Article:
Modest hopes for Federer ahead of injury comeback in Monte Carlo

Roger Federer was giving absolutely no guarantees about his form as he prepare for his first competitive match in more than two months at the Monte Carlo Rolex Masters.

The 17-time Grand Slam winner will be starting afresh in the second round on the Monte Carlo Country Club clay after his early February knee operation.

“I am rested mentally and physically. I believe you can add everything to the back end of your career, in terms of being fresher mentally and being able to train harder. Whatever rest it is, it ends up in a canister you can draw from,” said the Swiss, who underwent arthroscopic left knee surgery for a meniscus tear after his semi-final showing in Melbourne.

“Tommy Haas, for instance, has been injured for more than three years in his career, and he is still on tour because mentally he is fresh and he still loves it.”

After hitting for nearly a week at the seaside venue overlooking the Mediterranean, the Swiss said that next week will be key for deciding his further schedule ahead of the French Open - the second major of the season.

“I don't think about the Roland Garros title. I believe I can do it; every event at the Grand Slam gives me another opportunity to do that,” the 2009 Paris champion added.

“I've been training super hard on clay, I'll be able to decide better about playing any of the Masters 1000 tournaments which come later (Madrid and Rome next month) - one, two or even none.

“Everything is flexible, you are automatically entered in Masters 1000 events, there is nothing I can do about that. Everyone thinks I've entered Madrid and Rome.

“It's bad spin when you pull out and people think you've let the tournament down. But I know I can always add a Madrid or a Rome to my calendar.”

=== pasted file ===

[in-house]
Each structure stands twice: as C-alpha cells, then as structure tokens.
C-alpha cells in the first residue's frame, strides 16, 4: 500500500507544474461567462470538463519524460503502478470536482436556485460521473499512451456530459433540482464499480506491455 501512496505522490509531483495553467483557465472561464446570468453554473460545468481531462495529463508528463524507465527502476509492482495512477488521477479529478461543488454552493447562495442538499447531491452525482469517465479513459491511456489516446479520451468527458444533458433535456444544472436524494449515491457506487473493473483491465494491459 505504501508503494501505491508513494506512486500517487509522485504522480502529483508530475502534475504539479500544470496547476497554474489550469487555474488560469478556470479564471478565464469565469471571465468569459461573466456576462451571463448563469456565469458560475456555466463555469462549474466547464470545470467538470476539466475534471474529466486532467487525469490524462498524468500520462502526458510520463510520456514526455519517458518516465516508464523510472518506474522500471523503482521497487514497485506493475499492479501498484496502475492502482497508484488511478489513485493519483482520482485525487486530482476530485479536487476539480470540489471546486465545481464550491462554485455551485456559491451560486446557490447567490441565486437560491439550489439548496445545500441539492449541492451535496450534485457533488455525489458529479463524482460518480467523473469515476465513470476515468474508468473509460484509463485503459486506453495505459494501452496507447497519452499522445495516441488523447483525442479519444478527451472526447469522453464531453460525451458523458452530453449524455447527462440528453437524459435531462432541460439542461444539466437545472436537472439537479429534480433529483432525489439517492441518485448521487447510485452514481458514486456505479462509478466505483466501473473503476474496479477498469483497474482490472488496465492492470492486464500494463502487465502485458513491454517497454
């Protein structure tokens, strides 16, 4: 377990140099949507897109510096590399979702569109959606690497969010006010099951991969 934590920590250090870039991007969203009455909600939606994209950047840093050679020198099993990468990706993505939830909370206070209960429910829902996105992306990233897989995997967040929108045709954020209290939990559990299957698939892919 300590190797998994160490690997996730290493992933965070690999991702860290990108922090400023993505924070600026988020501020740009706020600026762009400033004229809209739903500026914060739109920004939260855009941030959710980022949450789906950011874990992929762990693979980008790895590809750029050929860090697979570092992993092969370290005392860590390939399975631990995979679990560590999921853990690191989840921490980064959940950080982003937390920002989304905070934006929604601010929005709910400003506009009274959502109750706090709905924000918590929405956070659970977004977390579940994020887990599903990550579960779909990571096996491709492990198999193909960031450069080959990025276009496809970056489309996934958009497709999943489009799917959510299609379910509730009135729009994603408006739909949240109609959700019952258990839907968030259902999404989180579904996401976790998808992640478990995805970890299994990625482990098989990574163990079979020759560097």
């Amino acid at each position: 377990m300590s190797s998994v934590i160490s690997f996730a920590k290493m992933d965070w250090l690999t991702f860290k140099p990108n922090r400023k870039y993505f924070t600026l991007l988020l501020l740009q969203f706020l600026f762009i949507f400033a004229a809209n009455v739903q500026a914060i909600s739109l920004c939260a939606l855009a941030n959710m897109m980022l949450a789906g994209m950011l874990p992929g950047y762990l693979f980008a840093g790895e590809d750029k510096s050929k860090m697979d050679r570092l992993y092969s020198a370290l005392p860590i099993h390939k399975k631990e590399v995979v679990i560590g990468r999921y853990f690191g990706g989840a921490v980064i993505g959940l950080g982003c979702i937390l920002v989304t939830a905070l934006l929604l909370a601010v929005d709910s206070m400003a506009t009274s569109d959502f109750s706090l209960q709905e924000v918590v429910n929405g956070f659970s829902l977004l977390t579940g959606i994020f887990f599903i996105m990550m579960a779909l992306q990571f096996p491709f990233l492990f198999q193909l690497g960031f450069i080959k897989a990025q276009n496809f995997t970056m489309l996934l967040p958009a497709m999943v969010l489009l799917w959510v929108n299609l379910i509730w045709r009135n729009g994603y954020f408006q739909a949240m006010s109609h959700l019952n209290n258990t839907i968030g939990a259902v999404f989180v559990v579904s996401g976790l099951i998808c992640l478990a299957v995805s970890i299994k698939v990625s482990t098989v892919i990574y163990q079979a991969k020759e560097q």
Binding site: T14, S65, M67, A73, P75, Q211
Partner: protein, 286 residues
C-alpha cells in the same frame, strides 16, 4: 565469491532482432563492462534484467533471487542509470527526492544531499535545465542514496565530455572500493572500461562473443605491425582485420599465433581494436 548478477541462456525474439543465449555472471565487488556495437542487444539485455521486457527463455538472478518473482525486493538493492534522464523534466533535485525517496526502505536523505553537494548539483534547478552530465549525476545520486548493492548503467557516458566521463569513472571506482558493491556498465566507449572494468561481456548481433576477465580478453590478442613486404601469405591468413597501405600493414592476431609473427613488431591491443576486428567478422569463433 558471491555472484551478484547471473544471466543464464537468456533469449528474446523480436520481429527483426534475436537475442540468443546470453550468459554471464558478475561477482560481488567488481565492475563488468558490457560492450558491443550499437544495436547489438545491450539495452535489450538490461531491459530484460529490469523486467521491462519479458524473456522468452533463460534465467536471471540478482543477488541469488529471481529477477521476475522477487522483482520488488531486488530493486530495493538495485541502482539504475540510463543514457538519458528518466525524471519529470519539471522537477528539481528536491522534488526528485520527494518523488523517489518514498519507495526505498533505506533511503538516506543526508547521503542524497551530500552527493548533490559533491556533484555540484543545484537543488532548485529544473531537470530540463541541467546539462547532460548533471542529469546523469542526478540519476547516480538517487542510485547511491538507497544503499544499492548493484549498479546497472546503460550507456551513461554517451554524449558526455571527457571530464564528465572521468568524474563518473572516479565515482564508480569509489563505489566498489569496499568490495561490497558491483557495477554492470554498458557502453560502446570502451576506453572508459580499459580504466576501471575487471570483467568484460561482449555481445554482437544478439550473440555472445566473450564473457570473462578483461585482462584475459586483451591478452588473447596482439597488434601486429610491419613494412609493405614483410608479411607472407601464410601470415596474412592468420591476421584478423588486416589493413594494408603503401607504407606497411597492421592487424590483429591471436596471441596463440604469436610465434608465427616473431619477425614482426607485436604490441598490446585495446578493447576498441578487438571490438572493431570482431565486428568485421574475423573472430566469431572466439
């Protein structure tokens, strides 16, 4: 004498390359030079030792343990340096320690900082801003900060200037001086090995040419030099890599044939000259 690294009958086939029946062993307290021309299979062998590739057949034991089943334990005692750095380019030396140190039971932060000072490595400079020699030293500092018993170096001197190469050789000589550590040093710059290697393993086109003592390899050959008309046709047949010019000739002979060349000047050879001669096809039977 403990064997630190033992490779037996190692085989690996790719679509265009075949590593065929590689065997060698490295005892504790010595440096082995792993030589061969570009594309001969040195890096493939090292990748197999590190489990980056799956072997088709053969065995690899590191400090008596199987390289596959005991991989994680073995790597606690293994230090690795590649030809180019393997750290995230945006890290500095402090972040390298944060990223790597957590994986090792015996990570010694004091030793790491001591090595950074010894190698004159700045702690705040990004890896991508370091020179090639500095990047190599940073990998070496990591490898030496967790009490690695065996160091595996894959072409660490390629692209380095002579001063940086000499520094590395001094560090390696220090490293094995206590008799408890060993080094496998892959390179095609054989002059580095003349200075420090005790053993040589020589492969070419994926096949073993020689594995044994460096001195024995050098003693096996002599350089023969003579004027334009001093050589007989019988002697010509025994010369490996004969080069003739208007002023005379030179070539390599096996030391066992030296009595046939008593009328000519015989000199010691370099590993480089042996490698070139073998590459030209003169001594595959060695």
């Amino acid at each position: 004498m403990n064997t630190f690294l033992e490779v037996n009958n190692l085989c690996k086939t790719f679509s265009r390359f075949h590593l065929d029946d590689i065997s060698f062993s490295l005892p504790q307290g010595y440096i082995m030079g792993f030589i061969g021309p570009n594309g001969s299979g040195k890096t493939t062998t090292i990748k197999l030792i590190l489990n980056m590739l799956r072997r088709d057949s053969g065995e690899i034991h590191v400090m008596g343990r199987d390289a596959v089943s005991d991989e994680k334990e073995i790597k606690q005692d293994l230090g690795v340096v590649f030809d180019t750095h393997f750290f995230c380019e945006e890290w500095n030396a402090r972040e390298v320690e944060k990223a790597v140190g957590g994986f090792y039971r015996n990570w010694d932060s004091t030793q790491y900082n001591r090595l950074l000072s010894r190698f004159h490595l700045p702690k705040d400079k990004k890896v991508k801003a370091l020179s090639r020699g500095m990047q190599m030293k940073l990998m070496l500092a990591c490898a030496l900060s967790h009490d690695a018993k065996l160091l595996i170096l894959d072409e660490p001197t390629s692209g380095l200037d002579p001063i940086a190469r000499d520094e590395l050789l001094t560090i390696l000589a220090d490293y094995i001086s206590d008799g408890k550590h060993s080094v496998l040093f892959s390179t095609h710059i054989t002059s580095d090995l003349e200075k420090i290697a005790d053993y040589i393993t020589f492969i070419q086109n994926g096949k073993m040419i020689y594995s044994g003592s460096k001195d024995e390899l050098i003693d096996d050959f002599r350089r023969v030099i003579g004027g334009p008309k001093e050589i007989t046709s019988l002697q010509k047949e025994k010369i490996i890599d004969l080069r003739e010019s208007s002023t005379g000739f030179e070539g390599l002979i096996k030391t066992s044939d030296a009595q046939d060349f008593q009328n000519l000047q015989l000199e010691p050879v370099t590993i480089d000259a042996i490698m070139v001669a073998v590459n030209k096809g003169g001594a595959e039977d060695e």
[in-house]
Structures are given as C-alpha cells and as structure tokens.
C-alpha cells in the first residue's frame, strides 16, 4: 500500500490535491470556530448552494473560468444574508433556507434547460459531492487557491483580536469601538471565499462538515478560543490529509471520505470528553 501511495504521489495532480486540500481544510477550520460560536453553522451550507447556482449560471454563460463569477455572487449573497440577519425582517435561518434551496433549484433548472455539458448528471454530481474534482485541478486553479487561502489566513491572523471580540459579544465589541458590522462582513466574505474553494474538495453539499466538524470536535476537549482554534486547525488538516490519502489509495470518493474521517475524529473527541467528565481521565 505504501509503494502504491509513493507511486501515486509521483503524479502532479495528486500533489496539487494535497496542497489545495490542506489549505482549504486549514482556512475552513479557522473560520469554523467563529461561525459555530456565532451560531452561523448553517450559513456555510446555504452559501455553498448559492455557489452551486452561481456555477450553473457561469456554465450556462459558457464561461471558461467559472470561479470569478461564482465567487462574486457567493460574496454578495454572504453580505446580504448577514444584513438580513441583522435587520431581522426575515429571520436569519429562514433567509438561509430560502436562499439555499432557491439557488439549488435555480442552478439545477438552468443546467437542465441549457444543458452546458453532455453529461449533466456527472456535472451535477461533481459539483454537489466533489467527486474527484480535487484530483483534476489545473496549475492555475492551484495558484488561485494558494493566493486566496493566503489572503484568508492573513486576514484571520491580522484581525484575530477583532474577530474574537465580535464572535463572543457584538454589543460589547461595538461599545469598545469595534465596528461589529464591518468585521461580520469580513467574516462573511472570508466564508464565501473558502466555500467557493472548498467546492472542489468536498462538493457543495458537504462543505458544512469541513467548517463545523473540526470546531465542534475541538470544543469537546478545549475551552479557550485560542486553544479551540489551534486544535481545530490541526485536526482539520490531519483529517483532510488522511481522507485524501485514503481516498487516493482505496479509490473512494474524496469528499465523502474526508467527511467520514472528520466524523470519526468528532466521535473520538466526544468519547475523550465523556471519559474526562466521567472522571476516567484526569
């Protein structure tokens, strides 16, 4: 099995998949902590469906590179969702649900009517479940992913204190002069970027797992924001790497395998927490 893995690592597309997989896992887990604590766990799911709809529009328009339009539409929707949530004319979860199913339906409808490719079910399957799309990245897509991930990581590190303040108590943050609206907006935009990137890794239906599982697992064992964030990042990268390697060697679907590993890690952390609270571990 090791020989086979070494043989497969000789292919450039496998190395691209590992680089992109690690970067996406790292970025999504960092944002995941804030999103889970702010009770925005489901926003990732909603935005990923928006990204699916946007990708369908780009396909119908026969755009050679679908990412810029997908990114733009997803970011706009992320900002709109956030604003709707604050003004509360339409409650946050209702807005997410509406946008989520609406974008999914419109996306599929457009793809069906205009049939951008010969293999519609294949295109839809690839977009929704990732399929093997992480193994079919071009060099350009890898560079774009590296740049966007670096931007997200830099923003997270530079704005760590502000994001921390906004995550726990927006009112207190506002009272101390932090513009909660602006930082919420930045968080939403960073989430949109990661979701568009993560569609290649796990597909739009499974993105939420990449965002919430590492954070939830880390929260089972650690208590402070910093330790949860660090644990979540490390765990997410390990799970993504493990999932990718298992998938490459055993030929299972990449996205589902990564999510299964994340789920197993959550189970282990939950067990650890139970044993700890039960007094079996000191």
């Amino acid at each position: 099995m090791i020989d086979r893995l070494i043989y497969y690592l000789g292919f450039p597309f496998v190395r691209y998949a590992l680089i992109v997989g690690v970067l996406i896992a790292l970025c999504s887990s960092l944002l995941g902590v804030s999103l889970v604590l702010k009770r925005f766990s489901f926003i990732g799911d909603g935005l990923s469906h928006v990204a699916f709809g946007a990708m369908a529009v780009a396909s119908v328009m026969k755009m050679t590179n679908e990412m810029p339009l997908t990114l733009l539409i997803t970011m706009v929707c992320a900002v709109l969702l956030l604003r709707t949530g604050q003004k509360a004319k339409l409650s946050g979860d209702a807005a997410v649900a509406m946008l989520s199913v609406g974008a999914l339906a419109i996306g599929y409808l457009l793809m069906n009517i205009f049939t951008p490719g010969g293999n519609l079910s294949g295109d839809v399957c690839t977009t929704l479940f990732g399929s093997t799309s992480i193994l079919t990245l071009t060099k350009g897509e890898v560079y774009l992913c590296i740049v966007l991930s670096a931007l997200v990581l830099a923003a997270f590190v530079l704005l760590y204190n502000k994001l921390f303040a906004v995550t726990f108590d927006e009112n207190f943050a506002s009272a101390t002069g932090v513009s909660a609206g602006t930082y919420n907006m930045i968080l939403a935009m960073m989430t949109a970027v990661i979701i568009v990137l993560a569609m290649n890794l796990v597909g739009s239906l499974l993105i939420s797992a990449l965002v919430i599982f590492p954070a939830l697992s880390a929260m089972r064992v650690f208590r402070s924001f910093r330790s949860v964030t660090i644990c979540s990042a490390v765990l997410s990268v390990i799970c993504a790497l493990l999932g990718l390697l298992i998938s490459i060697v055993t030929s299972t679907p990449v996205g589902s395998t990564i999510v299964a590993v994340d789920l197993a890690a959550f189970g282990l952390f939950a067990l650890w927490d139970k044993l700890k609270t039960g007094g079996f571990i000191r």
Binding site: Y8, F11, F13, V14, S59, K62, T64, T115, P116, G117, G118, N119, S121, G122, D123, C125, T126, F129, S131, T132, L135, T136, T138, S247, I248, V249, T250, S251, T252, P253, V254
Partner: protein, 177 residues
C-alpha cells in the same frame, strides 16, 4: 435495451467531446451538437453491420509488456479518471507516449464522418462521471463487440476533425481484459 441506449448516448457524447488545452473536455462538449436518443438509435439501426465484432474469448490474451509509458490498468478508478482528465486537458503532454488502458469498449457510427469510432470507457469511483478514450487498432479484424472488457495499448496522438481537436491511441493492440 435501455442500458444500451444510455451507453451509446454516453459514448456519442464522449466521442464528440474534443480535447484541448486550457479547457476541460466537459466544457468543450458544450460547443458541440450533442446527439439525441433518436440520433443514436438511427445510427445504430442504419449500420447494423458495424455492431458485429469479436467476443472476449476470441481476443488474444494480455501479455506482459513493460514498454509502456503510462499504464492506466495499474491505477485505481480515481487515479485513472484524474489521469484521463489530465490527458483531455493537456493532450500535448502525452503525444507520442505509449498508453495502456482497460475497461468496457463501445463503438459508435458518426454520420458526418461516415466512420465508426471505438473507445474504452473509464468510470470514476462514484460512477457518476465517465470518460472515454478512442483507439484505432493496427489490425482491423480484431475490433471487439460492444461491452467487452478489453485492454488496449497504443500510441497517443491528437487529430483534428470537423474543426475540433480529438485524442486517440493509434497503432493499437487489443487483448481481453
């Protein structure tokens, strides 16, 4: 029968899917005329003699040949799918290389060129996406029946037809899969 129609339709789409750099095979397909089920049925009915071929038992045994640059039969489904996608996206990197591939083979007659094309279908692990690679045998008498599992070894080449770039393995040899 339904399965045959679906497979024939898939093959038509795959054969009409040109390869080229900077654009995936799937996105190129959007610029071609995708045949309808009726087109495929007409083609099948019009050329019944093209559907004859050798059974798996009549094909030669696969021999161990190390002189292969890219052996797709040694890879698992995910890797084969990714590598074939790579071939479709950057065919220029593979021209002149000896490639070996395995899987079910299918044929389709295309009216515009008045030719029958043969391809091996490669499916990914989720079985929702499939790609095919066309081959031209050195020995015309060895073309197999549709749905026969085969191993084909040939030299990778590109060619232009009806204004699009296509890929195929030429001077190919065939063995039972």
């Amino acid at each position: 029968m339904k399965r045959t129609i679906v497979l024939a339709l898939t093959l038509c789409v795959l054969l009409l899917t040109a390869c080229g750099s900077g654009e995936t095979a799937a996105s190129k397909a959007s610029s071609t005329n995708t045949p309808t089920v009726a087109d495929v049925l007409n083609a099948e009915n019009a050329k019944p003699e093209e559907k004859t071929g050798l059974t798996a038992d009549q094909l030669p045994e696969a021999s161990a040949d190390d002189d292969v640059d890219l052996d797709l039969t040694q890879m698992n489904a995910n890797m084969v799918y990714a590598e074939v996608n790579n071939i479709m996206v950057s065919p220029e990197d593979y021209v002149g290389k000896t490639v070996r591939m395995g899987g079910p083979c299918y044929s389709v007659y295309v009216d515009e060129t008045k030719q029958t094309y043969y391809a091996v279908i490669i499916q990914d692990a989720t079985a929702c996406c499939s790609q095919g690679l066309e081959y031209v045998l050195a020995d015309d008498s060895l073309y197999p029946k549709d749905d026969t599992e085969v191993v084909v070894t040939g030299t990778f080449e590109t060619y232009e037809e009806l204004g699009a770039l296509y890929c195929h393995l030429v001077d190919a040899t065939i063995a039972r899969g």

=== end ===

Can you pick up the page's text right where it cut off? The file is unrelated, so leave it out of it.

The 34-year-old Federer had been slated to return at the Miami Open, but was forced to pull out due to illness.

“I’m happy to say that I’ve recovered well from the virus in Miami,” Federer said on Sunday during his pre-tournament press conference at the Monte Carlo. “At first, I was concerned that it might be something that would last a while, but I was feeling better three days later. I arrived in Monte Carlo nine or 10 days ago and I’ve been training on centre court for the past eight or nine days. Things are going well. I’m happy with how I move; how I’m hitting the ball. I’ve played a lot of practice sets.”

The additional preparation has been a boon for the four-time finalist (2006-08, 2014), who is looking to win the Monte Carlo for the first time.

“Monte Carlo is an opportunity for top guys to play more freely, since there is less pressure and it’s a change of surface for everyone,” Federer, who lost to Rafael Nadal in his first three finals and to Stan Wawrinka two years ago. “I’ve played very well in Monaco in the past, but for now my objective is to make my return to play, gain a good feel and go from there.

“My knee hasn’t bothered me, but the big test will be seeing how it reacts in match conditions. There are no easy draws in a Masters 1000, so I am not underestimating anyone. At the same time, I hope no one is underestimating me just because I’ve been hurt.”

As he prepares for the second round against either Brazilian Thomaz Bellucci and Spaniard Guillermo Garcia-Lopez, Federer will be organising his comeback strategy on the fly.

“If I win the tournament, that changes everyhing. If I lose 0-0 in the first match, that changes everything. I'll know more in two weeks and I can decide the week before Madrid if I will go there or not.”

Date: 10 April 2016, Source: AFP and ATP


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